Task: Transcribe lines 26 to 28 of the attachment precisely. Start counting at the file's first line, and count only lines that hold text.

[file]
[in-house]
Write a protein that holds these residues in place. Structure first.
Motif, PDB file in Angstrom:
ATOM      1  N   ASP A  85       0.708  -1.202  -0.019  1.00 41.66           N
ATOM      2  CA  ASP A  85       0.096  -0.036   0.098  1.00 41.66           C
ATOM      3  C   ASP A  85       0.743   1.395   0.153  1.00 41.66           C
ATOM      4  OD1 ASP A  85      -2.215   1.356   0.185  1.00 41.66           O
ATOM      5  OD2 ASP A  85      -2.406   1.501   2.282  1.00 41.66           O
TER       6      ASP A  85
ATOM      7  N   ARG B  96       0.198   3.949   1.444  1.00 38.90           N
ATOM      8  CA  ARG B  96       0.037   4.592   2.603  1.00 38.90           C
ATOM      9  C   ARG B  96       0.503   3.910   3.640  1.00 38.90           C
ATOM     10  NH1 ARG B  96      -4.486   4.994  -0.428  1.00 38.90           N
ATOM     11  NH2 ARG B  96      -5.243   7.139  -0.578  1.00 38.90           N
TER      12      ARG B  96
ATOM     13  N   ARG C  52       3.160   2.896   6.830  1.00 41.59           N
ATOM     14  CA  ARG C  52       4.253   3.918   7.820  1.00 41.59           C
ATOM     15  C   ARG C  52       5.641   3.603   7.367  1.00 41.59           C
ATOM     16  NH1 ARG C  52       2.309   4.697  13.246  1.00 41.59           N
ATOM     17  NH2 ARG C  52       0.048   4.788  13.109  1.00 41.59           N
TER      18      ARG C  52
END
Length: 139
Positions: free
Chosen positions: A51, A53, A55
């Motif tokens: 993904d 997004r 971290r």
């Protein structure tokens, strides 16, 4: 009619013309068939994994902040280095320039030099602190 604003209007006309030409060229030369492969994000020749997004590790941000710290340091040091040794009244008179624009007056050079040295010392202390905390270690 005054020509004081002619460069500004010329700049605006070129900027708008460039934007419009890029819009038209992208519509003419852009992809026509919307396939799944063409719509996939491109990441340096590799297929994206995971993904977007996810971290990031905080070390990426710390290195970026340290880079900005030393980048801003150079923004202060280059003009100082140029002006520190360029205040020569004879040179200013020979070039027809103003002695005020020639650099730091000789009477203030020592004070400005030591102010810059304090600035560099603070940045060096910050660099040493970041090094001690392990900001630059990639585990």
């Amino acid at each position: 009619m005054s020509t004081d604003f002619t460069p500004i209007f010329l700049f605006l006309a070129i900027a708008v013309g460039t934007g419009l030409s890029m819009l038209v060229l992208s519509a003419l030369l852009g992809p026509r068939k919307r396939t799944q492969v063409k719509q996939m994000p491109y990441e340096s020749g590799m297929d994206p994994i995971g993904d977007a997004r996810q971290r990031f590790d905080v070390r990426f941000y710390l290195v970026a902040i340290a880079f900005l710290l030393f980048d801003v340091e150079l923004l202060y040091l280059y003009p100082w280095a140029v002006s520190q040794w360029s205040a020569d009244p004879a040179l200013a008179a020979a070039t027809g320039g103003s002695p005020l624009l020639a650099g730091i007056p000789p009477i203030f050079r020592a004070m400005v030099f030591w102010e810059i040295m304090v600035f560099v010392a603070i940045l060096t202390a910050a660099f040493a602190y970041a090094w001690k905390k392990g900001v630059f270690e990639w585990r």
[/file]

């Motif tokens: 993904d 997004r 971290r």
């Protein structure tokens, strides 16, 4: 009619013309068939994994902040280095320039030099602190 604003209007006309030409060229030369492969994000020749997004590790941000710290340091040091040794009244008179624009007056050079040295010392202390905390270690 005054020509004081002619460069500004010329700049605006070129900027708008460039934007419009890029819009038209992208519509003419852009992809026509919307396939799944063409719509996939491109990441340096590799297929994206995971993904977007996810971290990031905080070390990426710390290195970026340290880079900005030393980048801003150079923004202060280059003009100082140029002006520190360029205040020569004879040179200013020979070039027809103003002695005020020639650099730091000789009477203030020592004070400005030591102010810059304090600035560099603070940045060096910050660099040493970041090094001690392990900001630059990639585990």
């Amino acid at each position: 009619m005054s020509t004081d604003f002619t460069p500004i209007f010329l700049f605006l006309a070129i900027a708008v013309g460039t934007g419009l030409s890029m819009l038209v060229l992208s519509a003419l030369l852009g992809p026509r068939k919307r396939t799944q492969v063409k719509q996939m994000p491109y990441e340096s020749g590799m297929d994206p994994i995971g993904d977007a997004r996810q971290r990031f590790d905080v070390r990426f941000y710390l290195v970026a902040i340290a880079f900005l710290l030393f980048d801003v340091e150079l923004l202060y040091l280059y003009p100082w280095a140029v002006s520190q040794w360029s205040a020569d009244p004879a040179l200013a008179a020979a070039t027809g320039g103003s002695p005020l624009l020639a650099g730091i007056p000789p009477i203030f050079r020592a004070m400005v030099f030591w102010e810059i040295m304090v600035f560099v010392a603070i940045l060096t202390a910050a660099f040493a602190y970041a090094w001690k905390k392990g900001v630059f270690e990639w585990r």